JOHANNESBURG (AP) — With a profusion of colors, textures and styles, the annual Johannesburg Art Fair highlights artists, galleries and museum collections from across Africa.
The fourth annual Johannesburg exhibit showcases work that provokes debate on many of Africa's social issues.
As well as more traditional mediums for artists, the Johannesburg art fair includes modern video and electronic installations. Flashing neon lights and sculpted glass heads attract the attention of the crowd.
But it is art inspired by Africa's socio-economic woes and political upheavals that attracts buzz among visitors to the fair.
A life-size elephant made from trash draws a steady stream of art enthusiasts who pose for pictures with the sculpture. The recycled pachyderm, encased with a mesh of wire to hold the plastic pieces in place, is one of several works by African artists who use everyday items for their art projects.
One gallery exhibits magazine covers from South Africa's 1950s legendary publication "Drum." The covers have photographs by black photographers using images of black subjects during the apartheid era and the images spark an ad hoc history lesson for school children.
Other works are more challenging or controversial than others.
African-American photographer Ayana Vellissia Jackson came to South Africa five years ago, to explore art on the continent. "One of the reasons I moved to South Africa ... was because of the vibrancy of the art market here, the galleries, the laboratories for photography" she said. "Also to participate in the emergence of contemporary art from artists from Africa, reflecting their own communities and their own realities"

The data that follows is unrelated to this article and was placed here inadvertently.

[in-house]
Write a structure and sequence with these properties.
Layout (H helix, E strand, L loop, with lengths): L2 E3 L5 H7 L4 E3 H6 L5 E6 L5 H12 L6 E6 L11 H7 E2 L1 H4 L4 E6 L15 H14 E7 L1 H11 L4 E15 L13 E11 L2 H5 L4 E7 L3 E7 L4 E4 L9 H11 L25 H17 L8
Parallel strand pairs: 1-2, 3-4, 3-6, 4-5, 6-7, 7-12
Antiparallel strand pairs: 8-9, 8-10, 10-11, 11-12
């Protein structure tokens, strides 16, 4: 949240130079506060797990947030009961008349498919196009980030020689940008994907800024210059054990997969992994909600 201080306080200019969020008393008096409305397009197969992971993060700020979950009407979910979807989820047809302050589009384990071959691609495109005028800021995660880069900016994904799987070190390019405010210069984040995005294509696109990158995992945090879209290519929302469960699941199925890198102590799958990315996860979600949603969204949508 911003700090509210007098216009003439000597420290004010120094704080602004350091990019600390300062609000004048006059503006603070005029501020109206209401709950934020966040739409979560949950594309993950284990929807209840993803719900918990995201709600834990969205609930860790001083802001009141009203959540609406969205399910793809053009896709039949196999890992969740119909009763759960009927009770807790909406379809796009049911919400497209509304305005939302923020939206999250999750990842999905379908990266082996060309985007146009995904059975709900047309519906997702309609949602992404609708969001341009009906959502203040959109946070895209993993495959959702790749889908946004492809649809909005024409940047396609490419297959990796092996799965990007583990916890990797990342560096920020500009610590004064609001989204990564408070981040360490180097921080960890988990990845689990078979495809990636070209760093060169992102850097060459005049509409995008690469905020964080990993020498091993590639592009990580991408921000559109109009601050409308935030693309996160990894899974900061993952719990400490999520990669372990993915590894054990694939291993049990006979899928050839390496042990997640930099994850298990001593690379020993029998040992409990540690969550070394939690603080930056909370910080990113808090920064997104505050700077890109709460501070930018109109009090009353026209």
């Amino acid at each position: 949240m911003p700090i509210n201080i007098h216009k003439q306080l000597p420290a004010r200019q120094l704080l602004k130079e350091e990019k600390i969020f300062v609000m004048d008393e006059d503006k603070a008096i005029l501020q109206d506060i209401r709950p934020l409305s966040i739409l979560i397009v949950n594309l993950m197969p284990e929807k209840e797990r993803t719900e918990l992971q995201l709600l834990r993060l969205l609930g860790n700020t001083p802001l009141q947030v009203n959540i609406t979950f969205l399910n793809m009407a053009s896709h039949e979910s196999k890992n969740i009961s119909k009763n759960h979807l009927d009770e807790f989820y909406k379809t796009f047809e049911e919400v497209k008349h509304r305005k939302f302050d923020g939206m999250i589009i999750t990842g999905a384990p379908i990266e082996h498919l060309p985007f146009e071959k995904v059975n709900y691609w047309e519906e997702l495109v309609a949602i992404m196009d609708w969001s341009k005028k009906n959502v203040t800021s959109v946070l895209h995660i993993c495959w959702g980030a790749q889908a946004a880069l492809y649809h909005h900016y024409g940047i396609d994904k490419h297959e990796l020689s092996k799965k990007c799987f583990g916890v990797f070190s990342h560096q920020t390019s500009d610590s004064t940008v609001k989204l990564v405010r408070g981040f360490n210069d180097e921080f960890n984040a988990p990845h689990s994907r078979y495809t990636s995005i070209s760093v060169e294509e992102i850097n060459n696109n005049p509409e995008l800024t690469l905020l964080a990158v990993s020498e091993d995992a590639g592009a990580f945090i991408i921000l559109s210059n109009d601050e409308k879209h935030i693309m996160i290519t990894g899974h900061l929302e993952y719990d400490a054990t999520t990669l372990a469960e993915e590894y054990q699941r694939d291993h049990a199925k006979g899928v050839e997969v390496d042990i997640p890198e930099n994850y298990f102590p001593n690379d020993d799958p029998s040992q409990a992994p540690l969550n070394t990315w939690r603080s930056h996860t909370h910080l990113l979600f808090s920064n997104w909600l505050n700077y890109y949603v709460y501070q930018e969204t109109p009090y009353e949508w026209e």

Jackson takes nude self-portraits and uses Photoshop techniques to add herself in scenes inspired by classic tableaux.
One stark photograph shows a naked Jackson sitting on the ground holding a weapon, with a traditional Tuareg scarf wrapped round her head. The photograph was produced after the artist visited Mali earlier this year, before that country's coup and before northern Mali was seized by Tuareg and Islamist rebels. Another picture shows Jackson dressed in a white Christian missionary-style dress, surrounded by multiple images of her naked self.
"Very often when you talk about subjects like war or voyeurism or missionaries or the colonial moment, usually the subject is being photographed by someone else" says Jackson, who is originally from New Jersey. "The act of myself reflecting myself ... helps people to not feel that I'm speaking from a voyeuristic standpoint" she adds.